TOPEKA, Kan. (KPR / KNS) -- Kansas has the most vacant jobs ever recorded since the state started tracking the number fifteen years ago. An annual survey of Kansas employers shows more than 56,000 jobs open across the state. Tyler Tenbrink, with the Kansas Department of Labor, says that’s the result of both job growth and a low unemployment rate of 3.2 percent.  The greatest numbers of job openings are clustered around the Kansas City area and in south-central Kansas. The occupations in high demand range from retail workers to nurses and truck drivers.

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GM-UAW Talks Take Turn for Worse; Settlement Not Near

DETROIT (AP) — The top negotiator in contract talks between General Motors and the United Auto Workers says bargaining has hit a big snag.  In an email to union members, UAW Vice President Terry Dittes (DIT-ez) casts doubt on whether there will be a settlement soon in a dispute that's led to a 21-day strike by 49,000 union members.  Dittes' letter says the union presented a proposal to the company Saturday. He says GM responded Sunday by reverting back to an offer that had been rejected and made few changes.  He says the company isn't willing to fairly compensate workers.  GM says it continues to negotiate in good faith "with very good proposals."  The strike has shut down GM's U.S. production since September 16 and hampered manufacturing in Mexico and Canada.  GM's Fairfax Assembly Plant in Kansas City, Kansas, employs more than 2,400 workers.  (Read more here.)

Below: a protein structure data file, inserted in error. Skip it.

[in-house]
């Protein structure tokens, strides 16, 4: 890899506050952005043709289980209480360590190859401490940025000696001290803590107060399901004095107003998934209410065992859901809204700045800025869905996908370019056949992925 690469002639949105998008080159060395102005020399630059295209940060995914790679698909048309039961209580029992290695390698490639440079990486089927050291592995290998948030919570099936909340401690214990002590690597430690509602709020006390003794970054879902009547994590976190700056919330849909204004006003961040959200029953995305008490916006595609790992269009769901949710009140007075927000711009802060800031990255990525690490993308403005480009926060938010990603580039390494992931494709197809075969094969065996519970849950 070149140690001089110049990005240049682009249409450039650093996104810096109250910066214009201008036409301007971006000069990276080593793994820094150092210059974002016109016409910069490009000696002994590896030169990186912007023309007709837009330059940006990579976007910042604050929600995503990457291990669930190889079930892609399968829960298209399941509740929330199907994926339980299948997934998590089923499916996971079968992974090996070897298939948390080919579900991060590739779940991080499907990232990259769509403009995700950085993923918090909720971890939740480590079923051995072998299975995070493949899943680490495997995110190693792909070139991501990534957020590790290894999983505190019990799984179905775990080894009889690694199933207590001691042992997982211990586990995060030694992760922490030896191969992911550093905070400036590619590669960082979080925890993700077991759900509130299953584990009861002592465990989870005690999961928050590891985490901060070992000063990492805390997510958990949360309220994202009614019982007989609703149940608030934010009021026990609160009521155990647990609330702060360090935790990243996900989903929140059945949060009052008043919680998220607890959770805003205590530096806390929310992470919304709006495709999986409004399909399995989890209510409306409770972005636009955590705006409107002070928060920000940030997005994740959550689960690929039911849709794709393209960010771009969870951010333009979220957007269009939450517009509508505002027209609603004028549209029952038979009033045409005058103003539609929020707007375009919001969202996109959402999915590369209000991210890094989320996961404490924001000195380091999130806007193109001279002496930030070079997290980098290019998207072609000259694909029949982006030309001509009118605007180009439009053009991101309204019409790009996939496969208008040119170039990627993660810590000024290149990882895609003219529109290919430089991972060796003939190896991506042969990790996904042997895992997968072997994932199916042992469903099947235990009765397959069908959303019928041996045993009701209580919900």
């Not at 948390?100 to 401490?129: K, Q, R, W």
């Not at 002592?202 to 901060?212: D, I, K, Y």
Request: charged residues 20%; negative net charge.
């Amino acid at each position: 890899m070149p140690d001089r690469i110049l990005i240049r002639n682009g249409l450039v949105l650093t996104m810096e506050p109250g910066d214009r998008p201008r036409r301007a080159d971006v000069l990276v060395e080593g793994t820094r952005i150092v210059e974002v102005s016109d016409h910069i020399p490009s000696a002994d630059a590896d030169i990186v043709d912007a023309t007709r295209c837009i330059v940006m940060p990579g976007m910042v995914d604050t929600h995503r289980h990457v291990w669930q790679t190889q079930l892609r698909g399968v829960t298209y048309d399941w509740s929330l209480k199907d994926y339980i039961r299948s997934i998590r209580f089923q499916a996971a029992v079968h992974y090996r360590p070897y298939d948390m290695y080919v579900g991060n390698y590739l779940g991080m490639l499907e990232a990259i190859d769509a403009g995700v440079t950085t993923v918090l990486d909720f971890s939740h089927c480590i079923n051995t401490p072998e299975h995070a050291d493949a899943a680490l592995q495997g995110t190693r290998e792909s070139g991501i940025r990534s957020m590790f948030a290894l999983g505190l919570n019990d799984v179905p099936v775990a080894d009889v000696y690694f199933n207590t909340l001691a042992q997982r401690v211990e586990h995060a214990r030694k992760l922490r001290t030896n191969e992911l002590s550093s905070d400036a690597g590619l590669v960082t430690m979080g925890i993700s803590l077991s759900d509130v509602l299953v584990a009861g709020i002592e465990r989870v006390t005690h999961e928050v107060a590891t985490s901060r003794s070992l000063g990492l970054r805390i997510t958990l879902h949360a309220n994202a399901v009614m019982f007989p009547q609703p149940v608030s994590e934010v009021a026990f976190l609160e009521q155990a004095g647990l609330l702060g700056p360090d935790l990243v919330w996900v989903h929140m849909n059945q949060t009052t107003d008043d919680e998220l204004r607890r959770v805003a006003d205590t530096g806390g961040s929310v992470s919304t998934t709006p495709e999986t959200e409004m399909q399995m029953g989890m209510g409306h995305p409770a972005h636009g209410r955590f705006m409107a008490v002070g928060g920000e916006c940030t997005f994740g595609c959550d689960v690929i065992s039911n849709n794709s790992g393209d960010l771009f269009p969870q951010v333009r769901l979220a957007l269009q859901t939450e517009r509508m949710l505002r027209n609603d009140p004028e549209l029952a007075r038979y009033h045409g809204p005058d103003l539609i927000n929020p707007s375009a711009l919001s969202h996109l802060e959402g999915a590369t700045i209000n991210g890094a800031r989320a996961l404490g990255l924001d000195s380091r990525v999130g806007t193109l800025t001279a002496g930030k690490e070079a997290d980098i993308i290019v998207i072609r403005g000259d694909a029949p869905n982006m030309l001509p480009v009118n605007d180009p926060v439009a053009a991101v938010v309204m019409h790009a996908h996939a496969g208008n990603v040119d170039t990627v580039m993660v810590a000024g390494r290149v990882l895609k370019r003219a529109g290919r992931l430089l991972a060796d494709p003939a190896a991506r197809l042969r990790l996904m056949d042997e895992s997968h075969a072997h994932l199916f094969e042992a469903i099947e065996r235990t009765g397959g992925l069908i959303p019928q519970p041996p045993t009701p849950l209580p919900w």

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Man Shot by Kansas City Police Charged with Several Counts

KANSAS CITY, Mo. (AP) — Prosecutors say a Kansas City man shot by police after officers say he tried to hit them with his vehicle has been charged with several criminal counts.  The Kansas City Star reports that the Jackson County Prosecutor's Office has charged 46-year-old James Ponder with three counts of assault, one count of property damage and one count of resisting arrest.  Police say Ponder was shot Thursday in northeast Kansas City after officers stopped his vehicle. Police say Ponder initially stopped but then accelerated toward the officers.  One of the officers fired, but the vehicle continued on, hitting two police cruisers, several civilian vehicles and fences as it drove through residential neighborhoods. Police say Ponder eventually fled on foot and was found later at a home.  No officers were injured.

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Missouri Real Estate Suit Draws Justice Department Interest